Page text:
This past weekend’s box office numbers are in, and Disney’s latest project Big Hero 6 stands soundly on top. This might not come as a big surprise, considering that Frozen-fever is still holding every auntie’s TV hostage — but the film still breaks ground, especially in the scope of Asian Americans in cinema. And Hollywood should take note.
In the history of comic book superhero movies, having a casting announcement be met with near-universal praise by the fickle fanboy community is a very rare occurrence. In fact, I’m not sure it’s ever happened. From Keaton to Affleck, ScarJo to Gal Gadot, the nerd reflex is to cry foul — or at least raise a suspicious eyebrow — at Hollywood’s disrespect of comic book continuity. (And don’t even think about casting non-white actors in any of these roles). Nine times out of ten, though, fanboy condemnation — at casting, say, a “vapid pretty boy” like Chris Evans as Captain America or a “gay cowboy” like Heath Ledger as the Joker — gives way to reluctant acceptance and eventually hyperbole over how perfect these actors are in their respective roles.
A few weeks ago, though, when Dwayne “The Rock” Johnson finally revealed he will be playing Black Adam in a Shazam! movie, the internet reaction was entirely positive. It probably helped that this rumored casting had been gestating for nearly a decade. But while fans were celebrating The Rock as Black Adam, I had one question: who could possibly be (physically) big enough to play Shazam1?
For a few months now, everyone’s favorite wrestler-turned-action-movie-franchise-savior Dwayne Johnson has been hinting at his involvement in the nascent DC Cinematic Universe. A few weeks ago, he all but confirmed that movie would be Shazam though he wouldn’t confirm which part he’d play. William Evans of Black Nerd Problems speculated on what it might mean if The Rock actually played the lead hero (née Captain Marvel) in that upcoming DC movie.
Well, The Rock took to twitter this morning to reveal his role, once and for all.
Yes, my people, it is I, he who typically slams everything the DCU does with its movie franchises. But look, if this all but confirmed news that Dwayne Johnson will portray Shazam comes to fruition: I like this one. I really, really like this one. If we’re being 100% honest, I think the actor formerly known as the wrestler known as The Rock would be a great Black Adam. Besides the comically-not-really-him-CGI depiction in The Mummy Returns, have we really had Johnson play a villain?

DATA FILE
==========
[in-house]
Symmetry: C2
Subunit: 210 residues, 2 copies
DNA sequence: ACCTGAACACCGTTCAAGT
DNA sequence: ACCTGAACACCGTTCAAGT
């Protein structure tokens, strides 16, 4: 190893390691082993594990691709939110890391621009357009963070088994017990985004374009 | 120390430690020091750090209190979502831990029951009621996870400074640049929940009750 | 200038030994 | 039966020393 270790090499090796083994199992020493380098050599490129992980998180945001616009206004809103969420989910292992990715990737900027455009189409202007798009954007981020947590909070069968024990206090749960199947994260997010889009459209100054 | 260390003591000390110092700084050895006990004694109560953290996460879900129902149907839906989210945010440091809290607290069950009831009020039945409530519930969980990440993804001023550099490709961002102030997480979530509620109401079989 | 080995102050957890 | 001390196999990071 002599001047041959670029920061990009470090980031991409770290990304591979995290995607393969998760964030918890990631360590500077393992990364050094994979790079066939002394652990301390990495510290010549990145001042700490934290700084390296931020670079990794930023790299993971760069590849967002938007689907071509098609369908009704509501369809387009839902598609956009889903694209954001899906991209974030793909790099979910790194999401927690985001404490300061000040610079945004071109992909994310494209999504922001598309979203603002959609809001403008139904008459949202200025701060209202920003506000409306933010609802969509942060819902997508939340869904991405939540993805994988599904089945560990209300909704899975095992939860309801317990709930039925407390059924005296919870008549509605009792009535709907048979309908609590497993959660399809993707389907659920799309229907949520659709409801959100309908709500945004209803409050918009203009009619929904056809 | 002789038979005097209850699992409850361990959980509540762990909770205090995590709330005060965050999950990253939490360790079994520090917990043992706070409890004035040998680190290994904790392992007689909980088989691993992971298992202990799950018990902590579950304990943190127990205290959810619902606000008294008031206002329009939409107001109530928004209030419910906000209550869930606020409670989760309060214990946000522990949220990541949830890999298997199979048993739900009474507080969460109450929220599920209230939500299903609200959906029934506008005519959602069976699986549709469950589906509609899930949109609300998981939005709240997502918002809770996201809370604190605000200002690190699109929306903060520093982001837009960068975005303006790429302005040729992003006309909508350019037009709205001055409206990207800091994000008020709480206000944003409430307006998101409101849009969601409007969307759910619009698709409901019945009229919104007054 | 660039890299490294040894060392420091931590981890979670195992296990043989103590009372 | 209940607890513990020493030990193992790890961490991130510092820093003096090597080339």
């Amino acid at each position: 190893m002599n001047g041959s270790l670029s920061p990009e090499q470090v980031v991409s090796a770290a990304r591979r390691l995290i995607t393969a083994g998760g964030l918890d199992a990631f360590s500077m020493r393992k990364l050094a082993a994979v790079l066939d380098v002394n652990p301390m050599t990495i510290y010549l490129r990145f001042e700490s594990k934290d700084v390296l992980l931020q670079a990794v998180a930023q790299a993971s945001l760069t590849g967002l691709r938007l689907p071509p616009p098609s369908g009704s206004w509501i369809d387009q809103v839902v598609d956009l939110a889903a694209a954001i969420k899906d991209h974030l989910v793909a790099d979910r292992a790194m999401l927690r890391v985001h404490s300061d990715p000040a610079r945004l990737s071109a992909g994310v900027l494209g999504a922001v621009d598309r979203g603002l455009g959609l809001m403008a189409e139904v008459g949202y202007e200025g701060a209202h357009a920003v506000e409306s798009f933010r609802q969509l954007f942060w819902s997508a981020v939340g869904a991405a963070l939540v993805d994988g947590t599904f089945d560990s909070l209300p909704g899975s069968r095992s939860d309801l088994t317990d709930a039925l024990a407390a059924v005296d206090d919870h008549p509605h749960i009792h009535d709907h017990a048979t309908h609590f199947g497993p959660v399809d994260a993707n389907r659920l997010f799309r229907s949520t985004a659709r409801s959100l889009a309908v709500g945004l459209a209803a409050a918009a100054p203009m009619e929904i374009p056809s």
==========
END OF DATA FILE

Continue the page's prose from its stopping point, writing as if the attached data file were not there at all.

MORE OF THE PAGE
If the news is to be believed, Johnson hasn’t decided which character he’ll portray, but the smart money is on Shazam, and I can’t blame him. As far as franchising, being a good guy on the Justice League is going to afford you many more opportunities in the franchise than a villain who might appear in one flick. But I digress. For the first time since Zack Snyder started signing off on costume designs, I actually like a casting choice for this Justice League universe without having to have seventeen think-pieces to convince me of it. Johnson has proven he can be heroic, goofy, lighthearted, and certainly looks the part of being a “superman-ish” hero.
Since The Nerds of Color is not the only awesome thing on the internet, we spent the holiday break scouring the web for some of the most NOC-relevant links around. Here are six things that have gotten the most buzz around the N.O.C. offices.
The folks over at Comics Alliance have posted some New Year’s resolutions for the comic book industry that we can all get behind.
Among their 10 Diversity Resolutions for Superhero Comics in 2014, this one is probably the most important. Heck, they even say so themselves!
These resolutions aren’t ordered by importance, but if superhero publishers only make one pledge in 2014, this one matters most; we need more minority creators in the industry. More editors, more pencillers, inkers, colorists and cover artists, and, perhaps most importantly, more writers. If the people making comics are as diverse as their potential audience, the comics they make are more likely to reflect and appeal to that audience.